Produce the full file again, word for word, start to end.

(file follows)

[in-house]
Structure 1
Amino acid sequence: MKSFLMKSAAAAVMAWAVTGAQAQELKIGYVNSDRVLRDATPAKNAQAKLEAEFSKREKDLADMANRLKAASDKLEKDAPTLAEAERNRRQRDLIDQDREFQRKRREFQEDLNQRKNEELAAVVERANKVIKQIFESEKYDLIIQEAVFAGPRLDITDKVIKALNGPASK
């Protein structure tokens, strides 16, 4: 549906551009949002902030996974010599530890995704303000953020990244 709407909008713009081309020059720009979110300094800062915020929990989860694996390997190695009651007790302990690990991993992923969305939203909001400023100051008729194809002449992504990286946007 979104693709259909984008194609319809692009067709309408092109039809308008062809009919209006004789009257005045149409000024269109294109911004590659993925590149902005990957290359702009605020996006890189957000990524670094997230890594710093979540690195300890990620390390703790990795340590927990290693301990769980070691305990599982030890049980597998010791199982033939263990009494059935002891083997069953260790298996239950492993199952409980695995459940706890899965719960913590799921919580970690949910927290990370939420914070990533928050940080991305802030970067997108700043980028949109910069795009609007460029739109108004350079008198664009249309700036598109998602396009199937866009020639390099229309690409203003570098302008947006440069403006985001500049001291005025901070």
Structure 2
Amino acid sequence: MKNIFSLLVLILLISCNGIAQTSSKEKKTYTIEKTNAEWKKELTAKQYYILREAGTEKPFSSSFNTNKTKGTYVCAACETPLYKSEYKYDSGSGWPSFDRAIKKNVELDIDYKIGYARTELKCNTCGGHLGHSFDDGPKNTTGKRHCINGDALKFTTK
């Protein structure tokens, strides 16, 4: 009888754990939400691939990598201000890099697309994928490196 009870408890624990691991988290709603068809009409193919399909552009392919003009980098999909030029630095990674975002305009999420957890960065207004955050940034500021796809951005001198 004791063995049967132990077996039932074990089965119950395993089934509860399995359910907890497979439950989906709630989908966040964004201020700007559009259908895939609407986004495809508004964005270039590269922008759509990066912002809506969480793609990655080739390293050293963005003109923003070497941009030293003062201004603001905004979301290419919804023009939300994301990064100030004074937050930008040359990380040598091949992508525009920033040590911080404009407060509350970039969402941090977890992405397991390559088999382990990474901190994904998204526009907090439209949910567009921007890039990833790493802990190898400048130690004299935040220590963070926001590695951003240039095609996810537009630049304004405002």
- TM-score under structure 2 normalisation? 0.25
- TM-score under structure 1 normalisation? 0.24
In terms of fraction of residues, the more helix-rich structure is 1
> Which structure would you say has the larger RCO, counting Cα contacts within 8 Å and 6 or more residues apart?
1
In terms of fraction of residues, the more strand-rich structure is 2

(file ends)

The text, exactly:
[in-house]
Structure 1
Amino acid sequence: MKSFLMKSAAAAVMAWAVTGAQAQELKIGYVNSDRVLRDATPAKNAQAKLEAEFSKREKDLADMANRLKAASDKLEKDAPTLAEAERNRRQRDLIDQDREFQRKRREFQEDLNQRKNEELAAVVERANKVIKQIFESEKYDLIIQEAVFAGPRLDITDKVIKALNGPASK
């Protein structure tokens, strides 16, 4: 549906551009949002902030996974010599530890995704303000953020990244 709407909008713009081309020059720009979110300094800062915020929990989860694996390997190695009651007790302990690990991993992923969305939203909001400023100051008729194809002449992504990286946007 979104693709259909984008194609319809692009067709309408092109039809308008062809009919209006004789009257005045149409000024269109294109911004590659993925590149902005990957290359702009605020996006890189957000990524670094997230890594710093979540690195300890990620390390703790990795340590927990290693301990769980070691305990599982030890049980597998010791199982033939263990009494059935002891083997069953260790298996239950492993199952409980695995459940706890899965719960913590799921919580970690949910927290990370939420914070990533928050940080991305802030970067997108700043980028949109910069795009609007460029739109108004350079008198664009249309700036598109998602396009199937866009020639390099229309690409203003570098302008947006440069403006985001500049001291005025901070």
Structure 2
Amino acid sequence: MKNIFSLLVLILLISCNGIAQTSSKEKKTYTIEKTNAEWKKELTAKQYYILREAGTEKPFSSSFNTNKTKGTYVCAACETPLYKSEYKYDSGSGWPSFDRAIKKNVELDIDYKIGYARTELKCNTCGGHLGHSFDDGPKNTTGKRHCINGDALKFTTK
């Protein structure tokens, strides 16, 4: 009888754990939400691939990598201000890099697309994928490196 009870408890624990691991988290709603068809009409193919399909552009392919003009980098999909030029630095990674975002305009999420957890960065207004955050940034500021796809951005001198 004791063995049967132990077996039932074990089965119950395993089934509860399995359910907890497979439950989906709630989908966040964004201020700007559009259908895939609407986004495809508004964005270039590269922008759509990066912002809506969480793609990655080739390293050293963005003109923003070497941009030293003062201004603001905004979301290419919804023009939300994301990064100030004074937050930008040359990380040598091949992508525009920033040590911080404009407060509350970039969402941090977890992405397991390559088999382990990474901190994904998204526009907090439209949910567009921007890039990833790493802990190898400048130690004299935040220590963070926001590695951003240039095609996810537009630049304004405002």
- TM-score under structure 2 normalisation? 0.25
- TM-score under structure 1 normalisation? 0.24
In terms of fraction of residues, the more helix-rich structure is 1
> Which structure would you say has the larger RCO, counting Cα contacts within 8 Å and 6 or more residues apart?
1
In terms of fraction of residues, the more strand-rich structure is 2